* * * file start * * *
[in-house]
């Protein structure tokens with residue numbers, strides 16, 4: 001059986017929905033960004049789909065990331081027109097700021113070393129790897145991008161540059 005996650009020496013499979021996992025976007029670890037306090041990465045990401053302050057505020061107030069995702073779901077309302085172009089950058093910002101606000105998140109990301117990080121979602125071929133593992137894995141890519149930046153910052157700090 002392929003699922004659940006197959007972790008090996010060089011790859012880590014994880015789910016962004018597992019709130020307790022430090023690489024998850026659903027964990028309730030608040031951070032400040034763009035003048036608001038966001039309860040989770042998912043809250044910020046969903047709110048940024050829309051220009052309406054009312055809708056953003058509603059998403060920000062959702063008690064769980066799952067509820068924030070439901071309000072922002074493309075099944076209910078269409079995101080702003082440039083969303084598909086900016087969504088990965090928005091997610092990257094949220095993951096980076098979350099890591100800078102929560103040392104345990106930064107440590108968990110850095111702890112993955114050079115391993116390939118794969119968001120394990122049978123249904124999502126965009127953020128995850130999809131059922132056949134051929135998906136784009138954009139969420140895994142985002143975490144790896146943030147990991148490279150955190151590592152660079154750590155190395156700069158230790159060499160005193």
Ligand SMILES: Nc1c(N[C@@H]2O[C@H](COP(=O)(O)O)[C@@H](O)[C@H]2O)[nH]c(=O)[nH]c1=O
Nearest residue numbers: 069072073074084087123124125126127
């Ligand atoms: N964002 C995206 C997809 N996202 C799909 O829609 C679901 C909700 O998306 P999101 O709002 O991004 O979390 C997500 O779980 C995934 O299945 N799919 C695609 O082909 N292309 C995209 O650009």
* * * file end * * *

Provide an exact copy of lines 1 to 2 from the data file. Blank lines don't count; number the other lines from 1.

[in-house]
């Protein structure tokens with residue numbers, strides 16, 4: 001059986017929905033960004049789909065990331081027109097700021113070393129790897145991008161540059 005996650009020496013499979021996992025976007029670890037306090041990465045990401053302050057505020061107030069995702073779901077309302085172009089950058093910002101606000105998140109990301117990080121979602125071929133593992137894995141890519149930046153910052157700090 002392929003699922004659940006197959007972790008090996010060089011790859012880590014994880015789910016962004018597992019709130020307790022430090023690489024998850026659903027964990028309730030608040031951070032400040034763009035003048036608001038966001039309860040989770042998912043809250044910020046969903047709110048940024050829309051220009052309406054009312055809708056953003058509603059998403060920000062959702063008690064769980066799952067509820068924030070439901071309000072922002074493309075099944076209910078269409079995101080702003082440039083969303084598909086900016087969504088990965090928005091997610092990257094949220095993951096980076098979350099890591100800078102929560103040392104345990106930064107440590108968990110850095111702890112993955114050079115391993116390939118794969119968001120394990122049978123249904124999502126965009127953020128995850130999809131059922132056949134051929135998906136784009138954009139969420140895994142985002143975490144790896146943030147990991148490279150955190151590592152660079154750590155190395156700069158230790159060499160005193």